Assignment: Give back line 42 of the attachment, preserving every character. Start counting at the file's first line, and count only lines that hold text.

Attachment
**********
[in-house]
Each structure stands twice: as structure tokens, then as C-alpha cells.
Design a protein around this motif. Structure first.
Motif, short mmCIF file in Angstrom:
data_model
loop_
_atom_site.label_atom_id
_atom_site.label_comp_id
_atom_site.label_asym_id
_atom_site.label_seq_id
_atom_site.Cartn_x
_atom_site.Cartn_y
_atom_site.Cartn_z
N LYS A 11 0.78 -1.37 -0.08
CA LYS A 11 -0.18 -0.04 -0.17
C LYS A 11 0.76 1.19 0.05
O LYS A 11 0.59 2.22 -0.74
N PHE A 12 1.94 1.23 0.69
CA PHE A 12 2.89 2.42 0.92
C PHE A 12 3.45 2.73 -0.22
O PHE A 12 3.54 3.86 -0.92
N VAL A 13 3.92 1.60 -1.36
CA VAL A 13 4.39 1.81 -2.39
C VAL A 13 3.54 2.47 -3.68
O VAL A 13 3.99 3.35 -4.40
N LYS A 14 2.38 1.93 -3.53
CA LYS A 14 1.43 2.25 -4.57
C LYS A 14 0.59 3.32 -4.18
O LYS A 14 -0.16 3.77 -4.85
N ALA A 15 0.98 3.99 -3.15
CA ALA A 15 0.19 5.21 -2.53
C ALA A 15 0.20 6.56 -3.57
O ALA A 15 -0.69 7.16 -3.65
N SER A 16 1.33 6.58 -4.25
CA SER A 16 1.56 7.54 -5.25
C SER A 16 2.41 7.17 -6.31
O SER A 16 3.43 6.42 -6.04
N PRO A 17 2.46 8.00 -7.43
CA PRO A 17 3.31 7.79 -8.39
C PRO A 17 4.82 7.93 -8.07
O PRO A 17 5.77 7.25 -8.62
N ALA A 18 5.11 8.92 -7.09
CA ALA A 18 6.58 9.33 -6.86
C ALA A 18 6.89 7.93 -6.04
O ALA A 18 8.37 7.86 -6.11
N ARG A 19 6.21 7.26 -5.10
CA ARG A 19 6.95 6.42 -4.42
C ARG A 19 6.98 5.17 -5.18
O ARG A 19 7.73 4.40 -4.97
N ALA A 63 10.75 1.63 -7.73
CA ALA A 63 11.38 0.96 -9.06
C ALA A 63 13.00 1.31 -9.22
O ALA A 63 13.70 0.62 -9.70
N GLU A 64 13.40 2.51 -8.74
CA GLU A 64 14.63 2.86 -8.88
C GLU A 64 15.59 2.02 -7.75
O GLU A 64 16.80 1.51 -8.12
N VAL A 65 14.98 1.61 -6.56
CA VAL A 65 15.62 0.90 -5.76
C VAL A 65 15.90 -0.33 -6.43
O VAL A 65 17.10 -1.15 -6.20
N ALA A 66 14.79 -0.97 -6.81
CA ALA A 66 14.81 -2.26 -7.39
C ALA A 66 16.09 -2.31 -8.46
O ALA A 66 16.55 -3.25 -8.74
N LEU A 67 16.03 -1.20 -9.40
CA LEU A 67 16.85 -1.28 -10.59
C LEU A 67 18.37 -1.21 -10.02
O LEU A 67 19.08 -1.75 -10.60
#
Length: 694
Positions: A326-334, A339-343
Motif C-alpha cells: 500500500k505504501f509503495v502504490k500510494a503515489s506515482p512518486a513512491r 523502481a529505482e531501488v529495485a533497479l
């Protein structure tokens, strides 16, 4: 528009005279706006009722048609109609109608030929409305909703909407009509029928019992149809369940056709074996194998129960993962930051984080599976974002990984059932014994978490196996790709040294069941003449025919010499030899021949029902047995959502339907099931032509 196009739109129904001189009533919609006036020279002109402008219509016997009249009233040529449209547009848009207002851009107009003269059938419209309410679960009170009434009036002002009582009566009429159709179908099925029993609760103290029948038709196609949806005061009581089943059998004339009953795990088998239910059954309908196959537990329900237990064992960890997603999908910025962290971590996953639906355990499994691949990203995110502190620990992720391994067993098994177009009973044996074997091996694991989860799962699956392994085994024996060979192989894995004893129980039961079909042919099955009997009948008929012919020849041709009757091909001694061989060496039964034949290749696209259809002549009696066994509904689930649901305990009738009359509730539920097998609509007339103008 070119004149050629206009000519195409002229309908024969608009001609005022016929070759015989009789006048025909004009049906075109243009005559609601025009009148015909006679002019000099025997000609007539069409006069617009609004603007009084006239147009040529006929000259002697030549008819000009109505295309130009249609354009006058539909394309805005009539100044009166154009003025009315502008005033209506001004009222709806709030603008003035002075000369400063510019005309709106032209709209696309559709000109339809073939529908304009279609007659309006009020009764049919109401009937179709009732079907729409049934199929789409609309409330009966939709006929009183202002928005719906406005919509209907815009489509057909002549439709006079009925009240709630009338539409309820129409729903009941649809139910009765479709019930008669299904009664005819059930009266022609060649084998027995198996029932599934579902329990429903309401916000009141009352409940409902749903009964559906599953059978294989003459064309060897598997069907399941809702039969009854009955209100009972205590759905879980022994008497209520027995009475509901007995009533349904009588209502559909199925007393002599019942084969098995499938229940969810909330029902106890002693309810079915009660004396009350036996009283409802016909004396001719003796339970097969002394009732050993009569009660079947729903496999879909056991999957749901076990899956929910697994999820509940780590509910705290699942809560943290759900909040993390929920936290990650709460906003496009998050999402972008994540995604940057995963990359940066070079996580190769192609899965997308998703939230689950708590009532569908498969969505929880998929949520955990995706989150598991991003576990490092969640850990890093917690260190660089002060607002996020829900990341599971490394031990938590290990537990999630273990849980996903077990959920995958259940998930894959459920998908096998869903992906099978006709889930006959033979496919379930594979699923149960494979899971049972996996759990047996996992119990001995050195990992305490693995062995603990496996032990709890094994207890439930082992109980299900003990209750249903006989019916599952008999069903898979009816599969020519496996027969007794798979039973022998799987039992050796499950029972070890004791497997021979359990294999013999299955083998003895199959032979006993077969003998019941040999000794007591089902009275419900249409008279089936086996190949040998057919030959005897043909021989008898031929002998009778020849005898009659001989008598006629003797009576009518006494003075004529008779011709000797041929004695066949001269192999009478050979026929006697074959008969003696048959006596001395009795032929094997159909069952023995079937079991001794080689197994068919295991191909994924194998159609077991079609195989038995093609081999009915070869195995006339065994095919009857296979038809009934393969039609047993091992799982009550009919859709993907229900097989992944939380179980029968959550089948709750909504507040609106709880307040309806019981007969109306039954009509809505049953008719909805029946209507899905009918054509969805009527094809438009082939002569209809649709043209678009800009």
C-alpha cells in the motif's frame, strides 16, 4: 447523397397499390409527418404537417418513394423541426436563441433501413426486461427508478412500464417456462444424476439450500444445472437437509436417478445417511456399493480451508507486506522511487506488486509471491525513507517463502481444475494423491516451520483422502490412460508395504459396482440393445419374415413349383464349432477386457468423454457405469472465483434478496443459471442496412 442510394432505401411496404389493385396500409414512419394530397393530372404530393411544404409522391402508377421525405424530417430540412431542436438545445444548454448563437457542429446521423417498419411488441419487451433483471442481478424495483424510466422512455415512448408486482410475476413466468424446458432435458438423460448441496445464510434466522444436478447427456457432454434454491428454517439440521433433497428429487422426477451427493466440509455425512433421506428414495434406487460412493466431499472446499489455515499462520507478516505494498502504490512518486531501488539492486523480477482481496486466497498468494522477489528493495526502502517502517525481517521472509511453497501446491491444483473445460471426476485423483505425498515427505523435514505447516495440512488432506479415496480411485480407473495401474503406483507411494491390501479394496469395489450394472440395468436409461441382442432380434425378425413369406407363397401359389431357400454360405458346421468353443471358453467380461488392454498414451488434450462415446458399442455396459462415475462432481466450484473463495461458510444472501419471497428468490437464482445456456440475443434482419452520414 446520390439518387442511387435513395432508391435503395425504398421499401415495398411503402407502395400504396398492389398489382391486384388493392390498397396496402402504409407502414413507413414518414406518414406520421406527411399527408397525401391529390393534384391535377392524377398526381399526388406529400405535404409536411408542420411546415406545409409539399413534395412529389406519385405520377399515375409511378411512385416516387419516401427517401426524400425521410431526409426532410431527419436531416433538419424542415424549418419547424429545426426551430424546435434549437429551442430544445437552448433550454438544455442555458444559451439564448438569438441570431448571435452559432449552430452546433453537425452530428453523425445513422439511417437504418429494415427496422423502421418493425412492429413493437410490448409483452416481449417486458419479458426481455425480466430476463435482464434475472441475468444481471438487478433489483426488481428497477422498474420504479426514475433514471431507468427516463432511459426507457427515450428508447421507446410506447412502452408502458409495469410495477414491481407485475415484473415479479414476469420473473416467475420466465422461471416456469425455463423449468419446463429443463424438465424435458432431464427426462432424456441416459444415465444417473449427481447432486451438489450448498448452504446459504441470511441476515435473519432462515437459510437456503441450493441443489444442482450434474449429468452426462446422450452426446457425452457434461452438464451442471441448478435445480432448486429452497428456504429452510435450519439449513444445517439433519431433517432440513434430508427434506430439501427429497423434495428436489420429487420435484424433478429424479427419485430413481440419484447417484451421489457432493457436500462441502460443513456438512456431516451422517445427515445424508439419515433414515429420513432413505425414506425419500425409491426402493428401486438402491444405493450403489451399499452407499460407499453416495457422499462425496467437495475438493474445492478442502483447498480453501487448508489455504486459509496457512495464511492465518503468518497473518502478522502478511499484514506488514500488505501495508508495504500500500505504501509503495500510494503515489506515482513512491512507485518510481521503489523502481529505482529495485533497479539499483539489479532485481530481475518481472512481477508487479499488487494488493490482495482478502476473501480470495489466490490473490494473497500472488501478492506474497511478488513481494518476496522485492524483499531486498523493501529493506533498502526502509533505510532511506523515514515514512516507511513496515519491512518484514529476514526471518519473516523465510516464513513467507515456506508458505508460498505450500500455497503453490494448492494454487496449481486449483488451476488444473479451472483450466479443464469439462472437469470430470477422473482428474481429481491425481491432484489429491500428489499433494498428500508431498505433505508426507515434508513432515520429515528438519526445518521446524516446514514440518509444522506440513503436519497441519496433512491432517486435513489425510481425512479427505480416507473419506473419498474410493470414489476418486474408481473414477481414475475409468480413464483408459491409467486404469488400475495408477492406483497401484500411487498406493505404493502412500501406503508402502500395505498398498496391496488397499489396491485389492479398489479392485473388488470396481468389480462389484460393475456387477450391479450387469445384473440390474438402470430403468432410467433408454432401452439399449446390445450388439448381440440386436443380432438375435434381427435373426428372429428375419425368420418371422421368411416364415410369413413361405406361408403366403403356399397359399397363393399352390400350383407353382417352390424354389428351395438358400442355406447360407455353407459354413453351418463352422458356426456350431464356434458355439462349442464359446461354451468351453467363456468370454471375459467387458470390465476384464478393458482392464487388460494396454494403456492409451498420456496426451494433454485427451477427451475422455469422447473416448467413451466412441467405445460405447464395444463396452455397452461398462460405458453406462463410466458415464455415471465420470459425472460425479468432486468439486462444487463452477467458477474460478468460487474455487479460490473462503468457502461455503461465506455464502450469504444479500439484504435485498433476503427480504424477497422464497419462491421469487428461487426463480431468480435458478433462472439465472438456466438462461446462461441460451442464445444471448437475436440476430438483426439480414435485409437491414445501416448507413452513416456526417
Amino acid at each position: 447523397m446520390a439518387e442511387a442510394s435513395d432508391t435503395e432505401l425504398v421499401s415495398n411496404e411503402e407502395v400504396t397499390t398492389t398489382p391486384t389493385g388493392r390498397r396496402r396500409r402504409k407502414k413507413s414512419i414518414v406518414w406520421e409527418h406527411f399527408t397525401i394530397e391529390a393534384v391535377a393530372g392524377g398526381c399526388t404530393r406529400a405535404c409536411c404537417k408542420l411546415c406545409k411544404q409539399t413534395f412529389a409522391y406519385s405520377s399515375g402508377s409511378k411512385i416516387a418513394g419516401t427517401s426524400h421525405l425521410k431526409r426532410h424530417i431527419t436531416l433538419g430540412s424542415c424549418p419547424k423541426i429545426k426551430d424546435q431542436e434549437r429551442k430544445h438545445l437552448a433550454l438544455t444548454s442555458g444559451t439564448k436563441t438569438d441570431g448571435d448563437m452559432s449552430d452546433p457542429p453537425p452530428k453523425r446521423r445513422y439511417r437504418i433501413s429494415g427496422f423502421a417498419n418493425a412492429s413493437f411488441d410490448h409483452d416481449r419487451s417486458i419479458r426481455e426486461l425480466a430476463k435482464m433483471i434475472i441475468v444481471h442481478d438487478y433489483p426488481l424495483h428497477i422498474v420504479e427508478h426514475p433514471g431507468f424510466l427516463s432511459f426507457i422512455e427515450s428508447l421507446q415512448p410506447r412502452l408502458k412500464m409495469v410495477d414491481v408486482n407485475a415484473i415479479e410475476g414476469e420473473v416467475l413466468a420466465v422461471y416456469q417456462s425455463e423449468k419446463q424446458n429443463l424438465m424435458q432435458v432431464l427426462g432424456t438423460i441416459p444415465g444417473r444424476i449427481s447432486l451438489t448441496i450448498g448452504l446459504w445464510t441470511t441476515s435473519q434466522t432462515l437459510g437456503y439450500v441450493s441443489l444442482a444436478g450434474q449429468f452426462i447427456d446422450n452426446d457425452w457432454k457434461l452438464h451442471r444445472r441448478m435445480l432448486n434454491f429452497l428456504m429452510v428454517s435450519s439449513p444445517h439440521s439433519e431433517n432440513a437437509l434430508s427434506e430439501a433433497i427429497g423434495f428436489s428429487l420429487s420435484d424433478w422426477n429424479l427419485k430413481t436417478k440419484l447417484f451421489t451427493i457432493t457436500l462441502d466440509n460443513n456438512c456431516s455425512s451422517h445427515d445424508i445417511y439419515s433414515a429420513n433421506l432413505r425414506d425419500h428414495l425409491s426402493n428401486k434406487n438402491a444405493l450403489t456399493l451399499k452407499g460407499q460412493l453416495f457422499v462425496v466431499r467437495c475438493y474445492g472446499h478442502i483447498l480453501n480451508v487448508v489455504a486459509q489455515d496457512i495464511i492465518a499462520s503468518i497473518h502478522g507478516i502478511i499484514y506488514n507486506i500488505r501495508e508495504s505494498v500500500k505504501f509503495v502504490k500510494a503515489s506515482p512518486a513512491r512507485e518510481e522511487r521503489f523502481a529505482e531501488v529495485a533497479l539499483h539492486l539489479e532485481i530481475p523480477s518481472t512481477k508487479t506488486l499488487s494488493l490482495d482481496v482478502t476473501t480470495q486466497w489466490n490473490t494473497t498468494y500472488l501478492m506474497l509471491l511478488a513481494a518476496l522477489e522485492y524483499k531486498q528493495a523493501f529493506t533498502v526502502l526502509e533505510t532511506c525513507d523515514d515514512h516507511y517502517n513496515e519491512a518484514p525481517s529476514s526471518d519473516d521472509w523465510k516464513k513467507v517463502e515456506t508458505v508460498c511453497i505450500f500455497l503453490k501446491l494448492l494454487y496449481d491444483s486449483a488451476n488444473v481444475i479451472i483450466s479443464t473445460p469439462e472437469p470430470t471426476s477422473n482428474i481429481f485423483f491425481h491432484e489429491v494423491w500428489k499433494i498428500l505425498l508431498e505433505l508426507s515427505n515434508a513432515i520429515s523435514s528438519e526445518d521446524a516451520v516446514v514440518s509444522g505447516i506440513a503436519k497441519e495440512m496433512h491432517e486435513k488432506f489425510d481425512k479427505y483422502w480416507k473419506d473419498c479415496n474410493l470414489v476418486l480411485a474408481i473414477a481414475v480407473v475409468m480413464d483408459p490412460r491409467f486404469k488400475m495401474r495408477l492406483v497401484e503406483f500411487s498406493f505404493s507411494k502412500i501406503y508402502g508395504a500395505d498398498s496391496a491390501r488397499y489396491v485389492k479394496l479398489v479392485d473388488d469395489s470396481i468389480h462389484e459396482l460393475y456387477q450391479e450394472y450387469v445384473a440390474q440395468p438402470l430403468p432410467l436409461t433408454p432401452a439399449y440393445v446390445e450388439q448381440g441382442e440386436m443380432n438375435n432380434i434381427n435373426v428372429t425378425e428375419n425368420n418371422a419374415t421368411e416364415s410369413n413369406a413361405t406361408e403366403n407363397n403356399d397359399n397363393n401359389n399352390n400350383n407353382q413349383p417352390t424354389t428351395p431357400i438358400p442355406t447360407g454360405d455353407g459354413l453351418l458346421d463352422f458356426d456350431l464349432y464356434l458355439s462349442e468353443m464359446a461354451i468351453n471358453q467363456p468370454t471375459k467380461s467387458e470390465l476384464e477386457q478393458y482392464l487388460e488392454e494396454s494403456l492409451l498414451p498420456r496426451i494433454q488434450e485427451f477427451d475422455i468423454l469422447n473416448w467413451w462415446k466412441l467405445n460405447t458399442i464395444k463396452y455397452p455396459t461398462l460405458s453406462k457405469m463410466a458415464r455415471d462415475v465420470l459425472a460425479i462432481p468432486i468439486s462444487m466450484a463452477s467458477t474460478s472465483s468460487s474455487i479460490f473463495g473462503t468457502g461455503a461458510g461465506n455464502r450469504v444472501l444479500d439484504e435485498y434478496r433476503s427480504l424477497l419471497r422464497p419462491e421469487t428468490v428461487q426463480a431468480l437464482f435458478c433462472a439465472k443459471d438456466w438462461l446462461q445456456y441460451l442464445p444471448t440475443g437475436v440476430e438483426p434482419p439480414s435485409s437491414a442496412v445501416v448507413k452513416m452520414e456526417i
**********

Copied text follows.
N ALA A 18 5.11 8.92 -7.09